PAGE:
Titled ‘An Economy For The 1%’, the report sheds light on how privilege and power in the economy drive extreme inequality and ways to stop it.
The report states that a global network of tax havens further enables the richest individuals to hide $7.6 trillion. The fight against poverty will not be won until the inequality crisis is tackled.
According to Oxfam findings, in 2015, just 62 individuals had the same wealth as 3.6 billion people – the bottom half of humanity. This figure is down from 388 individuals as recently as 2010.
“The wealth of the richest 62 people has risen by 44% in the five years since 2010 – that’s an increase of more than half a trillion dollars ($542bn), to $1.76 trillion.”
The report highlights that “since the turn of the century, the poorest half of the world’s population has received just 1% of the total increase in global wealth, while half of that increase has gone to the top 1%.”
Oxfam calls on governments to take action to reverse this trend.
It wants workers paid a living wage and the gap with executive rewards to be narrowed.
It calls for an end to the gender pay gap, compensation for unpaid care and the promotion of equal land and inheritance rights for women.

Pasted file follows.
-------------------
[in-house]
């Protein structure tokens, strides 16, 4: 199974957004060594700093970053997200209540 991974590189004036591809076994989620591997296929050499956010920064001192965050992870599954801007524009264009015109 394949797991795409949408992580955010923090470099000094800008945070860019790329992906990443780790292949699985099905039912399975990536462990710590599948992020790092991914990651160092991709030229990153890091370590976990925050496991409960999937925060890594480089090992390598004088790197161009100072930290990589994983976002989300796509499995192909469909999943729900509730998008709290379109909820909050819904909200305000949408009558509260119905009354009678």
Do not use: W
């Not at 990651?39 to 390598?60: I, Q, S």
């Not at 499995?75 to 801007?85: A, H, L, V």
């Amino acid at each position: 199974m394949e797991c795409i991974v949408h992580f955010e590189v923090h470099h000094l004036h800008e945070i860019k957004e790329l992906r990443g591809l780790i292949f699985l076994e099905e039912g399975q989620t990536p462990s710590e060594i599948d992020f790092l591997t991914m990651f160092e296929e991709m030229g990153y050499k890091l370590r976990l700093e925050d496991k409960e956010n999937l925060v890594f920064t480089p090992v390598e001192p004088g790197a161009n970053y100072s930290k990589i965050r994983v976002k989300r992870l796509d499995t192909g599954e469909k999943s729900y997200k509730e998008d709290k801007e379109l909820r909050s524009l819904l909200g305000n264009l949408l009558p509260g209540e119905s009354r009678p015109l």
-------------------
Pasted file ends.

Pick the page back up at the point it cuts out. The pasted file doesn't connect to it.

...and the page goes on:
It said economic policy must tackle economic inequality and gender discrimination together. Specific commitments must include: compensation for unpaid care; an end to the gender pay gap; equal inheritance and land rights for women; and data collection to assess how women and girls are affected by economic policy.
The report said too much wealth is concentrated in the hands of the few. The tax burden is falling on ordinary people, while the richest companies and individuals pay too little. Governments must act together to correct this imbalance. Specific commitments must include: shifting the tax burden away from labour and consumption and towards wealth, capital and income from these assets; transparency on tax incentives; and national wealth taxes.